“In a lot of situations we can’t tell a citizen that we’re doing something about it, we have to wait and that’s the hardest thing to do because we want to make that citizen happy right then because we know they are upset,” Hawkins said.
Balderson explained that the task force has to have enough evidence to avoid making an arrest that would later result in no charges filed and put a dealer back out on the street.
“It wouldn’t do us any good if we rushed into something, then we couldn’t prove it in court or we have it thrown out,” Balderson said. “We have been very fortunate that all previous arrests have resulted in either a guilty plea or conviction.
The vicious cycle of drugs
“The vicious cycle of performing a round up is that there are always a couple [of people who think] that now that this guy has gone to jail, I’m going to step in and do this type of work,” Hawkins said.
“My message to them and the people of Colonial Beach is that if they’re thinking about it [dealing drugs] they better think in the other direction because they may be on our next list.”
Hawkins said it just isn’t worth it because some of the recent arrestees are facing 15 to 20 year in the penitentiary if found guilty and convicted.
Hawkins said that in his experience most drug dealers don’t live the glamorous life they see portrayed on TV. Most of them have nothing to show for the little money they make. Many dealers live in motels, they don’t own homes or cars, usually they sell some dope and end up making a little money, and then they blow it on partying.
Commonwealth Attorney Dean Atkins agreed with Chief Hawkins saying, “If you sell drugs we’re going to come after you. You’re going to the penitentiary. There is no more slap on the wrist!” Atkins added, “Pack your toothbrush.”
Atkins also said that dealing is not only “not glamorous” but also dangerous to the person committing the crime and dangerous to their loved ones as well.
Atkins said all home invasions are linked to drug activity, either someone is looking for drugs, money or something to sell to buy drugs. But in some cases it’s a drug dealer looking for someone who owes them money.
In a phone interview Atkins spoke of a recent convicted drug dealer. A 22-year-old young man was arrested and sentenced to 60 years in the state penitentiary with 40 years suspended.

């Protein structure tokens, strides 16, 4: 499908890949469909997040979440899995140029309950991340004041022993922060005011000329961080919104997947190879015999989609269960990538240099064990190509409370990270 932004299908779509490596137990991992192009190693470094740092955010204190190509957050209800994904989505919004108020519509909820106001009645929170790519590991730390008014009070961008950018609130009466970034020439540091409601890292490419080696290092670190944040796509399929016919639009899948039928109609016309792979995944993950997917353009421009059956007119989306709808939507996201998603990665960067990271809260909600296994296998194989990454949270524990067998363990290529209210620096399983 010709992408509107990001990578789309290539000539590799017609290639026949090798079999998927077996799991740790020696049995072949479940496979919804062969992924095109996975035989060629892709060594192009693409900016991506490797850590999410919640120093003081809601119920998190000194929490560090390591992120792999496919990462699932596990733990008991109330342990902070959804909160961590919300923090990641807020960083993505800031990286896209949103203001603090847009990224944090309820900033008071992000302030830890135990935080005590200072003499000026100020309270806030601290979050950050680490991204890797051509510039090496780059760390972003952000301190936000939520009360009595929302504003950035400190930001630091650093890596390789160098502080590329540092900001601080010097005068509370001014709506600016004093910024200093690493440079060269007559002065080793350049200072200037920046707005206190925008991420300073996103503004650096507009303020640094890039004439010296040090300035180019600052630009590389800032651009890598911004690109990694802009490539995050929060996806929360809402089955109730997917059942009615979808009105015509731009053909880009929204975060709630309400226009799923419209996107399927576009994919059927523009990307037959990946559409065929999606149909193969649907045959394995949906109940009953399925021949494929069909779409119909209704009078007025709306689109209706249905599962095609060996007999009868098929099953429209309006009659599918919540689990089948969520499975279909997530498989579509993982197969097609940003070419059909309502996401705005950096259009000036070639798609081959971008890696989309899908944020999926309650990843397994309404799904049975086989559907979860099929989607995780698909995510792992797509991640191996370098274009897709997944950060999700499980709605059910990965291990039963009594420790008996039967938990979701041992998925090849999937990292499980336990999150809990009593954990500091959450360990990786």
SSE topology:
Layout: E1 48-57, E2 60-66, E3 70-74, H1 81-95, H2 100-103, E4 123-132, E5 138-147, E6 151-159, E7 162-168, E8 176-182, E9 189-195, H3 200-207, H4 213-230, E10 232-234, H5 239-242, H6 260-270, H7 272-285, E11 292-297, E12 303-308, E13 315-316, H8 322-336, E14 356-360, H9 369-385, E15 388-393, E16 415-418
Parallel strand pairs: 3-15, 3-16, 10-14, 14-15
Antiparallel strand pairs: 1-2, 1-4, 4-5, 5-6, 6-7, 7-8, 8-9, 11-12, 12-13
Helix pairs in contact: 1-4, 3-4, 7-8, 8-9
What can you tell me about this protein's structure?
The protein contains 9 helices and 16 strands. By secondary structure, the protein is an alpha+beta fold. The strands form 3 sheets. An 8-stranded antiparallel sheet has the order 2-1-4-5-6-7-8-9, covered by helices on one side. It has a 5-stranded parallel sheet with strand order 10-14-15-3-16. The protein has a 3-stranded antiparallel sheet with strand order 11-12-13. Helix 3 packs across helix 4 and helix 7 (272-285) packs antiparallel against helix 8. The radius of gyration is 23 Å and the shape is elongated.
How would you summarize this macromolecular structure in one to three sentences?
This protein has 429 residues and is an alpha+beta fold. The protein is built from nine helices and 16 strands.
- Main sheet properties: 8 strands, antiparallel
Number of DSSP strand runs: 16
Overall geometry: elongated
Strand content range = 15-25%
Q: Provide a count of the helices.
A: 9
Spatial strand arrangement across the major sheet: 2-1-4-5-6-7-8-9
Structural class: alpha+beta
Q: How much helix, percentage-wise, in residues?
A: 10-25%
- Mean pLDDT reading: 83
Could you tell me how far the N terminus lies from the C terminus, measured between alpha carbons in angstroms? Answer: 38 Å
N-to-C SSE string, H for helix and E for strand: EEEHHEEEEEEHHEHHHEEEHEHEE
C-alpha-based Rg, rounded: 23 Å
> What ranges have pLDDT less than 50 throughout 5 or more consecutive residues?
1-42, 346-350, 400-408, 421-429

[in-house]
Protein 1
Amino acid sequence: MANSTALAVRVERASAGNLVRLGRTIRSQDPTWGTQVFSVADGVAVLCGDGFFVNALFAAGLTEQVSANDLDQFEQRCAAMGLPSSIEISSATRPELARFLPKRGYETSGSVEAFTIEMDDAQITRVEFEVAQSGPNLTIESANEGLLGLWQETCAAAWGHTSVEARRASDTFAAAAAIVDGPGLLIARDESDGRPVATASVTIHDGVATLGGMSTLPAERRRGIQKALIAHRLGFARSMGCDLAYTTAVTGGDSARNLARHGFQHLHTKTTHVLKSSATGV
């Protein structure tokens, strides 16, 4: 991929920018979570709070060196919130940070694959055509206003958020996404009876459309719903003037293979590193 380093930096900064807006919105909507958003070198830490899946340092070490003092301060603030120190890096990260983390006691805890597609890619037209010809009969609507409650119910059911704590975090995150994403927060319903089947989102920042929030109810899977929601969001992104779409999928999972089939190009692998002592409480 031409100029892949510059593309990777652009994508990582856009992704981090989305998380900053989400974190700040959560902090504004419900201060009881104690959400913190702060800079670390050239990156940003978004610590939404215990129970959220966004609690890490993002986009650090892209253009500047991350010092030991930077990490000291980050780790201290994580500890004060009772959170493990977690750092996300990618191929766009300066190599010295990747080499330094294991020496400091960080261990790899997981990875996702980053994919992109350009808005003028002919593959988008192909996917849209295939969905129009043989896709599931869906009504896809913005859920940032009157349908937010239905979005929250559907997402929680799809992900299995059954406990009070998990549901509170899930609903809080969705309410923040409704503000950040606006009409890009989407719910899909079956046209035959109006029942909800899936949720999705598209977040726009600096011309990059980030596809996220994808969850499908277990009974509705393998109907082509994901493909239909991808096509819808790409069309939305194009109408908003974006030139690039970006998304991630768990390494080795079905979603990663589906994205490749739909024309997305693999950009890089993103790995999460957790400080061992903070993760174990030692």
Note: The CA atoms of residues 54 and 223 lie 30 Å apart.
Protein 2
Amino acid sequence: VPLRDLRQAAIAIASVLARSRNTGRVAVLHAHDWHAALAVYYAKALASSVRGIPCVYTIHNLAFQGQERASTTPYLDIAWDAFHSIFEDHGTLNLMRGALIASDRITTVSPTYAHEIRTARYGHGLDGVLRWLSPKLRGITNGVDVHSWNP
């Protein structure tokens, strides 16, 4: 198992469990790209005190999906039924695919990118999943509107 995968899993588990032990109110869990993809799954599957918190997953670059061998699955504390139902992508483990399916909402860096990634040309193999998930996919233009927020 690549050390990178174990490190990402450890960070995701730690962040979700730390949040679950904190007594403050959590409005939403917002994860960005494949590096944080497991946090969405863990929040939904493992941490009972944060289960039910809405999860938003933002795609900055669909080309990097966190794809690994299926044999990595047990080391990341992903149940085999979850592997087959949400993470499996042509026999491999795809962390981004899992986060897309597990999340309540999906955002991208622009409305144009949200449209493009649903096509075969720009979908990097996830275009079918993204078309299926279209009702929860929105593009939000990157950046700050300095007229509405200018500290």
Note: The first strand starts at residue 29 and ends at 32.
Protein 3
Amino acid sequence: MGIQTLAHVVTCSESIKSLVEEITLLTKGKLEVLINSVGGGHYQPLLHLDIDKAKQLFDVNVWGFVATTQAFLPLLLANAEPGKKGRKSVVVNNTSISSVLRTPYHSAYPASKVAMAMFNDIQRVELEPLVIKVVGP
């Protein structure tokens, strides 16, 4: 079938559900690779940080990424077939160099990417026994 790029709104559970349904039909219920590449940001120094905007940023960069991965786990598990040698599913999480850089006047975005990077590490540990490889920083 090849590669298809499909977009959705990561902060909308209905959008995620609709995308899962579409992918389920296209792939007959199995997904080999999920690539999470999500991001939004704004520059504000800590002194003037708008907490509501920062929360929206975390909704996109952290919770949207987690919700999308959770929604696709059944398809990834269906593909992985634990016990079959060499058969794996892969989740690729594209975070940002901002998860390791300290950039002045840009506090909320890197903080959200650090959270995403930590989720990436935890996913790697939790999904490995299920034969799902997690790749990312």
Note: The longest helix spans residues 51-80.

“He recently became a father,” Atkins said. “He will spend the next 20 years in the penitentiary and that baby will miss out on being raised by his father.”
Atkins went on to say that just before this man’s last sale, when he was found with 1,000 grams of crack cocaine, the young man had recently bought some new clothes and a few gold chains. Prior to his arrest he was robbed by another drug dealer who put a .45 caliber hand gun to his face and took his money and jewelry.
Atkins said when you sell drugs you not only put yourself at risk you put your whole family at risk.
Relatives who play dumb are putting themselves at risk from repercussions of their loved one who deal.
Hawkins said if you suspect someone close to you is dealing, a telltale sign is lots of unexplained cash; either the person isn’t employed or only works part time.
Both Balderson and Hawkins said kids in school could either be using or dealing; a decline in grades can raise a red flag. Both men advise keeping track of who your kids are hanging out with and where they are at all times.
Balderson said to look at the clothes they wear. Are they wearing expensive shoes or jeans but can’t explain where the money is coming from?
“Except for that little bit of cash flow, dealing is not what it’s hyped up to be on TV, dealers never own or have anything in life,” Hawkins said. “I strongly discourage anyone who is thinking about jumping into dealing because we don’t want to see them in the next roundup.”